There is a house I walk past sometimes where a flock of birds lives. I can hear them chattering cacophonously into the night. They must not have realized that it’s winter and below freezing and the sun never rises above the horizon; or else their avian conference is just too important to break off simply because of natural instinct and the threat of death by hypothermia. I don’t know what they’re debating, but it sounds extremely urgent, and opinions are widely variable. One voice will rise out of the general roar, although that isn’t right, birdsong is too meek to roar, but anyway the voice will be drowned out by fifteen others before it gets started even on the second stanza. Last fall the birds were on one side of the road and now they have migrated to the other. I doubt they actually live in a house, they must simply be hanging around the vicinity; plausibly, there are thickets of trees on both sides of the road; and who would house a chorus of birds?
But I’ve never seen a single bird around, and the first time I heard it, the noise sounded otherworldly; it reminded me of the time my bathroom was haunted: I would sit there doing my business and hear a spectral voice whisper distorted secrets into my ear. Actually, I realized after a few weeks, it was the landlord’s wife practicing opera in the room directly above my bathroom, and she could use the practice. I didn’t realize at first—I had to hear it several times before I understood what it was, and that is what it’s like with the birds. At first I might have mistaken them for the sounds of alien machinery, possibly the surface scratchings of unknown metals in an alchemist’s engine. It really is eerie.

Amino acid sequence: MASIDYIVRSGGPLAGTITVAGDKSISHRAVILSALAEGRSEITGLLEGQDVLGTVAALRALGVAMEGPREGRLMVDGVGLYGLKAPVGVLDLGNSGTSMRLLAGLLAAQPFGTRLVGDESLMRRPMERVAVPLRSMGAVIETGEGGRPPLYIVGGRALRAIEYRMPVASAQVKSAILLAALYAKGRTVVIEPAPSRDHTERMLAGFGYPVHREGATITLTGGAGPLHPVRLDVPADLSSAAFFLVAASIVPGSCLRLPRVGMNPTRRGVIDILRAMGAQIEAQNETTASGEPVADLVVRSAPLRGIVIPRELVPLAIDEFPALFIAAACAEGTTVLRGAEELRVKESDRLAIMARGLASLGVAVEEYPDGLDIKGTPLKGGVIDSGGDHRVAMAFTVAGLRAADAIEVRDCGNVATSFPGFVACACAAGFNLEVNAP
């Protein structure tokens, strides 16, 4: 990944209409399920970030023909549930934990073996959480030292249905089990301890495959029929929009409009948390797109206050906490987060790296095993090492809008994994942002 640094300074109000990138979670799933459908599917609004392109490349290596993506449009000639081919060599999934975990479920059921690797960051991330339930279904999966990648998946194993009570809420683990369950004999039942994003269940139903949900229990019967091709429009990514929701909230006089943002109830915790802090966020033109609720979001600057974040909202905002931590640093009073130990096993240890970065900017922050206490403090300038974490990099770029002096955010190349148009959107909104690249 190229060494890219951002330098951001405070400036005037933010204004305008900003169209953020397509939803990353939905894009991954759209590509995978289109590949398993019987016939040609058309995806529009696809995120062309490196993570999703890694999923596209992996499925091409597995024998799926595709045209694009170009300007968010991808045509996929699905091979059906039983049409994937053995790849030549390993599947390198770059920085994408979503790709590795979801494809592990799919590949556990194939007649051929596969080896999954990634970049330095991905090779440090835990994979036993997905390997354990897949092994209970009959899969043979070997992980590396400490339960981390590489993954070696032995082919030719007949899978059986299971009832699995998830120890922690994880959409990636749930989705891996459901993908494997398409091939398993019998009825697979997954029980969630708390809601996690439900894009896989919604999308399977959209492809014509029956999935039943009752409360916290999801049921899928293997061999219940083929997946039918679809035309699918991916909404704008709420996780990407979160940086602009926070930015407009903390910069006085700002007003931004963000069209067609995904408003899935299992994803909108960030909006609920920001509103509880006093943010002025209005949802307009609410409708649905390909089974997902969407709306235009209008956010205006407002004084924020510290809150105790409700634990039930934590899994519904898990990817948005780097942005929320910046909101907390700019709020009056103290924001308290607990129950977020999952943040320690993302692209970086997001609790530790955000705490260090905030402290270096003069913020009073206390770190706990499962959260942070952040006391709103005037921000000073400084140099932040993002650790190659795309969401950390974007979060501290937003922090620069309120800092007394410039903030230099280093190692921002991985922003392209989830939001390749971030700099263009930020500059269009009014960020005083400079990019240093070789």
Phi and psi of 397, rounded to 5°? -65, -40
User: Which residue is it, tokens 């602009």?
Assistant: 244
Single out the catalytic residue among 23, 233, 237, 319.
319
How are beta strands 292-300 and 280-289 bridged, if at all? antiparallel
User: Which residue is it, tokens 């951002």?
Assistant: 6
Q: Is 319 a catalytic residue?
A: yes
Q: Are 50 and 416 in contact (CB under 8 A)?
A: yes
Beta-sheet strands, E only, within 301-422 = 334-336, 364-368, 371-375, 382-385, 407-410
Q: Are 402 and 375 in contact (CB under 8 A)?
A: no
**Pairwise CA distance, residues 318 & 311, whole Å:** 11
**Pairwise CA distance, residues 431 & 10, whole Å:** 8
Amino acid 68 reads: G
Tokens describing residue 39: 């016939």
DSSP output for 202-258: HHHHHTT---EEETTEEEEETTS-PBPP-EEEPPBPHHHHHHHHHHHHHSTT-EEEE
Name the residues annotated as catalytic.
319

I imagine if I recorded the sound it would sound exactly like a pet store, which would fail completely to convey their bizarre ambience. But then again, it is rather odd to encounter the soundscape of a pet store just floating around the periphery of a suburban home. Mostly the only birdsong you’ll hear in winter is the hoarse cry of the crow, which might as well be called the croak or the cough. But this sounds like a walk in the forest on a spring morning, or like a flock of tropical pet birds in cages. I have concluded that a bird whisperer must live nearby, and if I ever acquire a hunting falcon I now know whom to turn to for advice.
If my life were a novel, this scene would maybe be foreshadowing schizophrenia, or possibly the start of the novel, which is told in retrospective melancholia occasioned by a particular sensation, like Murakami’s Norwegian Wood starts when the protagonist hears that Beatles song and recalls his college days, or like that goddamn madeleine but I’ve never read Proust so I wouldn’t know, really.Jan 19, 2013